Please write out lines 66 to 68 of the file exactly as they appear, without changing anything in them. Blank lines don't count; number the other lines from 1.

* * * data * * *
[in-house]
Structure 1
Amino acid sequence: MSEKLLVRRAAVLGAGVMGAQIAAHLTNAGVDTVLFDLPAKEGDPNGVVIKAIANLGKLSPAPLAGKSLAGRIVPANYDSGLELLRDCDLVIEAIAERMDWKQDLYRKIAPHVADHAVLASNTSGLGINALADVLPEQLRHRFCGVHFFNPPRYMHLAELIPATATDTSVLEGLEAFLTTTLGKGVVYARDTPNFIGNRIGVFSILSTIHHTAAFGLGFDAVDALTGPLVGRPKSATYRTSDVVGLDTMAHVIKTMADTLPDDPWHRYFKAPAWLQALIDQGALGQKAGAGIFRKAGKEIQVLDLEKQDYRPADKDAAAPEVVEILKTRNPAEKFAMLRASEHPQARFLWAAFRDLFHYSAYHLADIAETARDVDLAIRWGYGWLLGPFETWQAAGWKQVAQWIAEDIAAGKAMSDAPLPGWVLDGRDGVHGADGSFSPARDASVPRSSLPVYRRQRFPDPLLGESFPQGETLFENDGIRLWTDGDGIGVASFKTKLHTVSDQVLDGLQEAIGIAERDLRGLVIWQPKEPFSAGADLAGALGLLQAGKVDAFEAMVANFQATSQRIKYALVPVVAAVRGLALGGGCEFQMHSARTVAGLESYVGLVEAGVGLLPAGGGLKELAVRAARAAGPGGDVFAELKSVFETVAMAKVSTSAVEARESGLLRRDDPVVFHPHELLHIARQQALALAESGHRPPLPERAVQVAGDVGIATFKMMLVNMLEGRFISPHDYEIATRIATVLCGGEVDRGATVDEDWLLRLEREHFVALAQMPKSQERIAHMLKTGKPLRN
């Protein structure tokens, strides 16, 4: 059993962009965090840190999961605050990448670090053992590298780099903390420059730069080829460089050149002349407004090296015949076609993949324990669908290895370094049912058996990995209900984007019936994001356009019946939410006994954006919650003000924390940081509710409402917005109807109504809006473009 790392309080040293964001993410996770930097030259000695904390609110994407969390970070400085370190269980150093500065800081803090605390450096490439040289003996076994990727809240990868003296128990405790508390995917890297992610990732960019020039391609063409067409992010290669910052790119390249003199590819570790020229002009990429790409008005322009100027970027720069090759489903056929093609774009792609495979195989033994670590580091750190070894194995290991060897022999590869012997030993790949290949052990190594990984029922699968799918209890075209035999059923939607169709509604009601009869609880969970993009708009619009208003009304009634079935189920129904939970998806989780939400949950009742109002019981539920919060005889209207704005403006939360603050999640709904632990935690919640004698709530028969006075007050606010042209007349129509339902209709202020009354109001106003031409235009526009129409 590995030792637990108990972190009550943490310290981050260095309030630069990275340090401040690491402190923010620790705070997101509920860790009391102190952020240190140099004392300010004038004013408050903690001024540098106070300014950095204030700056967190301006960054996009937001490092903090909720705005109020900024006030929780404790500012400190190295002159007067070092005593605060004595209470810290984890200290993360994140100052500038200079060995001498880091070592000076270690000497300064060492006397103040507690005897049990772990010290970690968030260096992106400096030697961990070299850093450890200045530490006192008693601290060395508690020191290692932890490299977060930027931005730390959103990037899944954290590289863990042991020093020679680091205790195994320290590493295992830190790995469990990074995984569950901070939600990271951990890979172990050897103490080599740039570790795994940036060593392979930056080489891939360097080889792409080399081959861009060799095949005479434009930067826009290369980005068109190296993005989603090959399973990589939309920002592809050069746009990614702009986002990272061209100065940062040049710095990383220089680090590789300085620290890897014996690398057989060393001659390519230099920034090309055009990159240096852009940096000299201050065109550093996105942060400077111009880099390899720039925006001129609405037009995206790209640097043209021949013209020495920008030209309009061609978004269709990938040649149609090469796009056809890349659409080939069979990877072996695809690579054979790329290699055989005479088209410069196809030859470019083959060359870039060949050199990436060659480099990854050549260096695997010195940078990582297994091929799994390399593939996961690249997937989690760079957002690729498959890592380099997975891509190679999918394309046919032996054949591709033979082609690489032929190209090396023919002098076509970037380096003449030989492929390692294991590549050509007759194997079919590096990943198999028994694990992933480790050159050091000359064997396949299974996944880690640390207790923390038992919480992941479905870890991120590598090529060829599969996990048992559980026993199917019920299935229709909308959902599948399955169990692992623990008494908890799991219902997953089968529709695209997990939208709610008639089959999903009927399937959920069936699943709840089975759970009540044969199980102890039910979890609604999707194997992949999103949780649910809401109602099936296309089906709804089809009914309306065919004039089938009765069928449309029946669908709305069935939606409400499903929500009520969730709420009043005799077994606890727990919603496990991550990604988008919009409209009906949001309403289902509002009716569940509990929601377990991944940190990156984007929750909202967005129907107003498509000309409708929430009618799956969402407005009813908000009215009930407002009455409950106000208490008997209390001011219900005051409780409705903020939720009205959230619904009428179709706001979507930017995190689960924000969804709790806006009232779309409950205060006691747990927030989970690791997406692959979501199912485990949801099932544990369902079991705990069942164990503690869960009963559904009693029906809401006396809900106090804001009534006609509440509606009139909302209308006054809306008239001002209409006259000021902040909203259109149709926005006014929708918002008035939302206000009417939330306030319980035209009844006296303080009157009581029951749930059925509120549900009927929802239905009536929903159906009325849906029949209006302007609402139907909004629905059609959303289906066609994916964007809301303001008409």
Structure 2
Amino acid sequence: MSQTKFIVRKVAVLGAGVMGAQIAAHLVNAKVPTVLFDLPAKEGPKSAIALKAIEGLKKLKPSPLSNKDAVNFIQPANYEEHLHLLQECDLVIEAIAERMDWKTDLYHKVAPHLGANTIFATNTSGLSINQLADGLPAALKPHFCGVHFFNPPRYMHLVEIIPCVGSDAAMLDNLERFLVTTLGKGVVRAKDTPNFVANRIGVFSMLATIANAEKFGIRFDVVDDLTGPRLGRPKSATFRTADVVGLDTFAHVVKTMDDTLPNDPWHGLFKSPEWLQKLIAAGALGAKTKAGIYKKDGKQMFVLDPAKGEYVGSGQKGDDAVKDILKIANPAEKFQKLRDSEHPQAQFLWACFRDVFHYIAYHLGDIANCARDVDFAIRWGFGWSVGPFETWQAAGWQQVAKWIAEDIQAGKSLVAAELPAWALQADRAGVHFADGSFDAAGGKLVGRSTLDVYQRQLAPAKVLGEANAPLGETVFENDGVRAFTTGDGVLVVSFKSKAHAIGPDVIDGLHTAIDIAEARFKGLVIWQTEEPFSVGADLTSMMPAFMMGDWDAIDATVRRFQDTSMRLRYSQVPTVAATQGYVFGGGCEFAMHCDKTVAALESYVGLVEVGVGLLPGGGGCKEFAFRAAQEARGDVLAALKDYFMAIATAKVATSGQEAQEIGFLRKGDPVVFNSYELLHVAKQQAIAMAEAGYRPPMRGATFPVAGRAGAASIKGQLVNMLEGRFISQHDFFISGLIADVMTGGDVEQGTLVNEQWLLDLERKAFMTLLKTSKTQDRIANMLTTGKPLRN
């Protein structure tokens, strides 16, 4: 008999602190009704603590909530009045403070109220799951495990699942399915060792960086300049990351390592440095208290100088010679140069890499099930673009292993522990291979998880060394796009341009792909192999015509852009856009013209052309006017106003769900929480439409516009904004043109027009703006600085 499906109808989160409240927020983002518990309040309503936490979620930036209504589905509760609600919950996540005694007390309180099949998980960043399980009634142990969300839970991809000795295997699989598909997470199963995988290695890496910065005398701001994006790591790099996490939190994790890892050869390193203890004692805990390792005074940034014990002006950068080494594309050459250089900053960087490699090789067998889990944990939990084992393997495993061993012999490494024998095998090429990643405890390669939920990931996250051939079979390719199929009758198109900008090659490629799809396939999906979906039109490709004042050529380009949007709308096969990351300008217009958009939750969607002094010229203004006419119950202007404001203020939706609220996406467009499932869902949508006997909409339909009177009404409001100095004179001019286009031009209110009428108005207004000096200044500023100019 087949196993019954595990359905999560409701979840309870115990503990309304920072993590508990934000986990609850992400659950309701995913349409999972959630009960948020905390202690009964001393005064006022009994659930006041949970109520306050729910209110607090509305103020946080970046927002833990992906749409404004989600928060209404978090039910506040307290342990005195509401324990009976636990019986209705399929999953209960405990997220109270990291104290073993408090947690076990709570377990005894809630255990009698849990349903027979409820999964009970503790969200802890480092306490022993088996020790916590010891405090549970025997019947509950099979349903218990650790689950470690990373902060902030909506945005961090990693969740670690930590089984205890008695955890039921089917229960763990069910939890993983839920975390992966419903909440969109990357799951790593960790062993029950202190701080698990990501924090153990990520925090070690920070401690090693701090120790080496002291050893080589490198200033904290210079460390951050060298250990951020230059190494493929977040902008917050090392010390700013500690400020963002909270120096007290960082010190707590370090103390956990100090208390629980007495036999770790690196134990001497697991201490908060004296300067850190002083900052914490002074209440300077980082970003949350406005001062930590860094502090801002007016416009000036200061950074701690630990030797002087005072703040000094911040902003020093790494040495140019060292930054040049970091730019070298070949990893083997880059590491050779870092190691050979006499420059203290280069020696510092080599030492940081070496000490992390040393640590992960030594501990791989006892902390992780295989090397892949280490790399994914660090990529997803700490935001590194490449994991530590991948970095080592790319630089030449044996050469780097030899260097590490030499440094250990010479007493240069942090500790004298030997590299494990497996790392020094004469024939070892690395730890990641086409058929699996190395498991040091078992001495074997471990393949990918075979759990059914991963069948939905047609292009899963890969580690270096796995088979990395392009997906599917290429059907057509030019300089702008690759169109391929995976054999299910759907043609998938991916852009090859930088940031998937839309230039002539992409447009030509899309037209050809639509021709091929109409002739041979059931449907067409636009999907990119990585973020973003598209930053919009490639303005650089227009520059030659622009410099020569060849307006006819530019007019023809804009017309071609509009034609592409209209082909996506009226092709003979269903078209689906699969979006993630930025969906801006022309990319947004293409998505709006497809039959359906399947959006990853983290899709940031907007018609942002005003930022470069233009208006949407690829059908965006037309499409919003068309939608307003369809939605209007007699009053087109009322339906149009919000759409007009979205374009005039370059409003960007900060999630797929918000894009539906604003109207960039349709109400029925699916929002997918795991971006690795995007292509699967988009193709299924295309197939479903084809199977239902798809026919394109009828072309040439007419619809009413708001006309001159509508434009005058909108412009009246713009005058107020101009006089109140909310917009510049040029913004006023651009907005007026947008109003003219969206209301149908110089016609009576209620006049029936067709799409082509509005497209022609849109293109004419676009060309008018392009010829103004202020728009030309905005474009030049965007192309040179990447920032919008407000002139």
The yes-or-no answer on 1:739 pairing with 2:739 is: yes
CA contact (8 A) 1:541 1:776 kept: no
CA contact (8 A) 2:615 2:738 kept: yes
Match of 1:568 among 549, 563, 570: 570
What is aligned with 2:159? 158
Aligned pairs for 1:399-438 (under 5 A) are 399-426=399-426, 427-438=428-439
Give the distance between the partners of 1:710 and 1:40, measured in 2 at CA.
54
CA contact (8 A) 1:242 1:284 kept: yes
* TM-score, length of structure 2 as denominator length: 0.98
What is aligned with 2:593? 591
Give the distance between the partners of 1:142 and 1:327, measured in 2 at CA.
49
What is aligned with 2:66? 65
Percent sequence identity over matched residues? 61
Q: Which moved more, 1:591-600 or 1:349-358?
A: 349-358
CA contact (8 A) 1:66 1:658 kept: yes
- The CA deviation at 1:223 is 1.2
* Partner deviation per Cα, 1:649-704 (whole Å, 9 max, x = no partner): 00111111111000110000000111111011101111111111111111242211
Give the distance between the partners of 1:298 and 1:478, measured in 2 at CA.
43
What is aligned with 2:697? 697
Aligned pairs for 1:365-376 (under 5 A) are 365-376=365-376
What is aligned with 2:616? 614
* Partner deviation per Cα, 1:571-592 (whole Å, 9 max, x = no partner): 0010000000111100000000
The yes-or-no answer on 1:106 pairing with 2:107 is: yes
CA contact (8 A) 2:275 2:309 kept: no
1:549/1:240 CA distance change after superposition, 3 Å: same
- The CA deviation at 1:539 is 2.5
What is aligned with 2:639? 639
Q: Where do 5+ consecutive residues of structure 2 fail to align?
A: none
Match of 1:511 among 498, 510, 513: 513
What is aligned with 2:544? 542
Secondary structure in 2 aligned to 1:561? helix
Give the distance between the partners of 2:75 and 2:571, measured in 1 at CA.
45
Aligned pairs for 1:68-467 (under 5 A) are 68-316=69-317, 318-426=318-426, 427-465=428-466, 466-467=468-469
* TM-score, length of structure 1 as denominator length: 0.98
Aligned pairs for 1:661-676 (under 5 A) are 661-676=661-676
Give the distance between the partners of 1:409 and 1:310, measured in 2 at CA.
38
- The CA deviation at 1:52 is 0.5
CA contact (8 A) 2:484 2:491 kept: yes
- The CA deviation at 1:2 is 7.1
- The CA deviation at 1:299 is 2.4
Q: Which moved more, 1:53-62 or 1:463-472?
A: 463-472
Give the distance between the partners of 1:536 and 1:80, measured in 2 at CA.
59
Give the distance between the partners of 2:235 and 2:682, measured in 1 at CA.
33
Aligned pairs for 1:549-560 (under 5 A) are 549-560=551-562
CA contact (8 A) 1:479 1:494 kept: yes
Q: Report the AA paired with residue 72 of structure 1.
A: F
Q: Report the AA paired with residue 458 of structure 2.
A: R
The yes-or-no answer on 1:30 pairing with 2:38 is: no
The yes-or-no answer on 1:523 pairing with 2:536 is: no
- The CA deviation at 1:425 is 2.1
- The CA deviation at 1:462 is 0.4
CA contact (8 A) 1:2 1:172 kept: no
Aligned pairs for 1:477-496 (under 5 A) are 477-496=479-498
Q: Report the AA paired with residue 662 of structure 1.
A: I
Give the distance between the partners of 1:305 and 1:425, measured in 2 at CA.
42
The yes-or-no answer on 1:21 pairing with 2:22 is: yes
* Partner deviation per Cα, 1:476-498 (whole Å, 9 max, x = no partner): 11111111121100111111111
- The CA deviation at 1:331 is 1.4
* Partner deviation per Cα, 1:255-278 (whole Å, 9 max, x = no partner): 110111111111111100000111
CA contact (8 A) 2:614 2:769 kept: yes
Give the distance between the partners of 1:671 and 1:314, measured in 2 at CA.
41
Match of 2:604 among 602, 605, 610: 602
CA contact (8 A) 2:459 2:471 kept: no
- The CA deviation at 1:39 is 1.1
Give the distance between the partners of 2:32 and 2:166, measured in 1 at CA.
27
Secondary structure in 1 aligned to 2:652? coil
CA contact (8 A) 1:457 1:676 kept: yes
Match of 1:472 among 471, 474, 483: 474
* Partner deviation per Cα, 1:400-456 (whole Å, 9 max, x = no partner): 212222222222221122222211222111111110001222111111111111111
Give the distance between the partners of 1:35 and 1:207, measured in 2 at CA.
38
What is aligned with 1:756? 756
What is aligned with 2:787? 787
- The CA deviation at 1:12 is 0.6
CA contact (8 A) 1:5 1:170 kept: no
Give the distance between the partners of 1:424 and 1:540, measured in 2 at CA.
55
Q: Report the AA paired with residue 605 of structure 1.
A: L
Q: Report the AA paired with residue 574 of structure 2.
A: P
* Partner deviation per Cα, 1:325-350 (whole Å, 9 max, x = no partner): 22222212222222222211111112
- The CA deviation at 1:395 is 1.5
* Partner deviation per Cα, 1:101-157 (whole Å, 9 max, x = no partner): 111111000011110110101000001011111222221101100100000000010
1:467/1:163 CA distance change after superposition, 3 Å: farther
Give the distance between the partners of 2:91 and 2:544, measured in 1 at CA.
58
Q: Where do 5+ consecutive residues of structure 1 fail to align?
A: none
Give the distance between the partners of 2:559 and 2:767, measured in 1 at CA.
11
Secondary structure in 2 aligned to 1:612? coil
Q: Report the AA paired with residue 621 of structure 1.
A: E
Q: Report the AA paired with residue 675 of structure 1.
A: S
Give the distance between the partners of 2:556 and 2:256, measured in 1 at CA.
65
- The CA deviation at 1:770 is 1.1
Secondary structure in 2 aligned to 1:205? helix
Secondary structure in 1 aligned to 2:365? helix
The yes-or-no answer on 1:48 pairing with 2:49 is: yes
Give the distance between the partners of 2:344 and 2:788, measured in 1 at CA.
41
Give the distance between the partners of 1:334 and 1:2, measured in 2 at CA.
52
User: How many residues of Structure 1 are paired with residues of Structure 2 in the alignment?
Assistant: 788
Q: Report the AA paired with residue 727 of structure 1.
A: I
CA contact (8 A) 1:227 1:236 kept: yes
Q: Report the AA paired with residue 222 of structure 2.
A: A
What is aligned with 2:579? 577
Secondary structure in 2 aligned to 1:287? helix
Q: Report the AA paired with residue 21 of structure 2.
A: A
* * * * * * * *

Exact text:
A: R
The yes-or-no answer on 1:30 pairing with 2:38 is: no
The yes-or-no answer on 1:523 pairing with 2:536 is: no